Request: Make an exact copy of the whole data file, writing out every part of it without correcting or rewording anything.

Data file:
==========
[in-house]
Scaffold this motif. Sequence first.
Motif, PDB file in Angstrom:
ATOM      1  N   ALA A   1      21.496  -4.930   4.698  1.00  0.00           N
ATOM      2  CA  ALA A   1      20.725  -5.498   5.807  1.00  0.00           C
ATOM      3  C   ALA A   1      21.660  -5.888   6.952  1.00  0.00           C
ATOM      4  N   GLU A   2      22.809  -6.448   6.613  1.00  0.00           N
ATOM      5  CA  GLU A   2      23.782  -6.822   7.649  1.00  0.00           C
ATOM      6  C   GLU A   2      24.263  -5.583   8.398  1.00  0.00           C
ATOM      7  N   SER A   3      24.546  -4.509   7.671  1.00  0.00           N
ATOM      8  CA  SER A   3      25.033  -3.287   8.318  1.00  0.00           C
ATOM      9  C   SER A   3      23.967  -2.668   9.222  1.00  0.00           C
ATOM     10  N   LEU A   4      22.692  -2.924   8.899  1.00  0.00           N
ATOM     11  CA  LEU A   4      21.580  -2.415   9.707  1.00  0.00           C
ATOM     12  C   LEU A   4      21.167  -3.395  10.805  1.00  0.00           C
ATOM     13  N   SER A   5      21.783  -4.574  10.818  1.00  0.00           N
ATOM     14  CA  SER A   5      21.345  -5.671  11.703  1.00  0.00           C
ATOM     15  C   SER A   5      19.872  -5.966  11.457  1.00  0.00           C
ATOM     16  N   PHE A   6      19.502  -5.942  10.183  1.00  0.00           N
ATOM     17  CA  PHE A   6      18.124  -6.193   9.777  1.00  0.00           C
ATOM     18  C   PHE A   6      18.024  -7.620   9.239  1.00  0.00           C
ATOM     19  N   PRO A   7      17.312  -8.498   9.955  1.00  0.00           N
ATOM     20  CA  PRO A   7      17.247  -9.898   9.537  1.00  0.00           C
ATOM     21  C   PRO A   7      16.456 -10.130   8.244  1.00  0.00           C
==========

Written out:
[in-house]
Scaffold this motif. Sequence first.
Motif, PDB file in Angstrom:
ATOM      1  N   ALA A   1      21.496  -4.930   4.698  1.00  0.00           N
ATOM      2  CA  ALA A   1      20.725  -5.498   5.807  1.00  0.00           C
ATOM      3  C   ALA A   1      21.660  -5.888   6.952  1.00  0.00           C
ATOM      4  N   GLU A   2      22.809  -6.448   6.613  1.00  0.00           N
ATOM      5  CA  GLU A   2      23.782  -6.822   7.649  1.00  0.00           C
ATOM      6  C   GLU A   2      24.263  -5.583   8.398  1.00  0.00           C
ATOM      7  N   SER A   3      24.546  -4.509   7.671  1.00  0.00           N
ATOM      8  CA  SER A   3      25.033  -3.287   8.318  1.00  0.00           C
ATOM      9  C   SER A   3      23.967  -2.668   9.222  1.00  0.00           C
ATOM     10  N   LEU A   4      22.692  -2.924   8.899  1.00  0.00           N
ATOM     11  CA  LEU A   4      21.580  -2.415   9.707  1.00  0.00           C
ATOM     12  C   LEU A   4      21.167  -3.395  10.805  1.00  0.00           C
ATOM     13  N   SER A   5      21.783  -4.574  10.818  1.00  0.00           N
ATOM     14  CA  SER A   5      21.345  -5.671  11.703  1.00  0.00           C
ATOM     15  C   SER A   5      19.872  -5.966  11.457  1.00  0.00           C
ATOM     16  N   PHE A   6      19.502  -5.942  10.183  1.00  0.00           N
ATOM     17  CA  PHE A   6      18.124  -6.193   9.777  1.00  0.00           C
ATOM     18  C   PHE A   6      18.024  -7.620   9.239  1.00  0.00           C
ATOM     19  N   PRO A   7      17.312  -8.498   9.955  1.00  0.00           N
ATOM     20  CA  PRO A   7      17.247  -9.898   9.537  1.00  0.00           C
ATOM     21  C   PRO A   7      16.456 -10.130   8.244  1.00  0.00           C